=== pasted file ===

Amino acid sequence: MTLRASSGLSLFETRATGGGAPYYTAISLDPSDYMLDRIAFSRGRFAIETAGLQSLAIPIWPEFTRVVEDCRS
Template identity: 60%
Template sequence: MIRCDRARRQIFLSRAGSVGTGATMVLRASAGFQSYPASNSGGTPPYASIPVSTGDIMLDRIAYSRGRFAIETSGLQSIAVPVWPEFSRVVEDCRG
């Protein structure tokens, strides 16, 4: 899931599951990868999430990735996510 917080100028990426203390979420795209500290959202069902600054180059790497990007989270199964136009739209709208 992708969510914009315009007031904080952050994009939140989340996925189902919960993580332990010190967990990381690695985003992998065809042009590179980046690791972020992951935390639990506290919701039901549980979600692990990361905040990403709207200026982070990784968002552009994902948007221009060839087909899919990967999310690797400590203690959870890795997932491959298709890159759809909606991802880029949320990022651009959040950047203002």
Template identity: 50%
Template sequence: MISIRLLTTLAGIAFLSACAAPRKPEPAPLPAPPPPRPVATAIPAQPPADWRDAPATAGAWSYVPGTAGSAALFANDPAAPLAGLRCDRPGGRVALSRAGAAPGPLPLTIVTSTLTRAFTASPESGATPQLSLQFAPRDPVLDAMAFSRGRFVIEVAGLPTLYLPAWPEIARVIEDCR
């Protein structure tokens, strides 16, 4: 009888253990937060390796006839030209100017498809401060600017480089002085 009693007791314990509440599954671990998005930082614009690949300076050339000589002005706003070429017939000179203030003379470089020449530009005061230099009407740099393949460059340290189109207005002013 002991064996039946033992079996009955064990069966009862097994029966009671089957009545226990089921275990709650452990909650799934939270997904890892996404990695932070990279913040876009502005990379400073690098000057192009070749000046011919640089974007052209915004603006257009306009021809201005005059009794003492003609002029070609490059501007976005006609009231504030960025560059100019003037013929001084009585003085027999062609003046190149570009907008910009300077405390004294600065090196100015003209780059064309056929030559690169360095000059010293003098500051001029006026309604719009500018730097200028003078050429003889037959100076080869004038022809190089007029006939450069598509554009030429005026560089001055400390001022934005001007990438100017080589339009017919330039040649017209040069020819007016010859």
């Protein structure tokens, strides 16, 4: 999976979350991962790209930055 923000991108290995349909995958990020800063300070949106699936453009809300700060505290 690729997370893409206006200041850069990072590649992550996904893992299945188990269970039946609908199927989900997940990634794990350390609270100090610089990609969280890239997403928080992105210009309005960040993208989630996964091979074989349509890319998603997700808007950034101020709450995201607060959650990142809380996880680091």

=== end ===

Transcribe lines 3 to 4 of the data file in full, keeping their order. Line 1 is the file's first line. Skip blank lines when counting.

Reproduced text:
Template sequence: MIRCDRARRQIFLSRAGSVGTGATMVLRASAGFQSYPASNSGGTPPYASIPVSTGDIMLDRIAYSRGRFAIETSGLQSIAVPVWPEFSRVVEDCRG
């Protein structure tokens, strides 16, 4: 899931599951990868999430990735996510 917080100028990426203390979420795209500290959202069902600054180059790497990007989270199964136009739209709208 992708969510914009315009007031904080952050994009939140989340996925189902919960993580332990010190967990990381690695985003992998065809042009590179980046690791972020992951935390639990506290919701039901549980979600692990990361905040990403709207200026982070990784968002552009994902948007221009060839087909899919990967999310690797400590203690959870890795997932491959298709890159759809909606991802880029949320990022651009959040950047203002």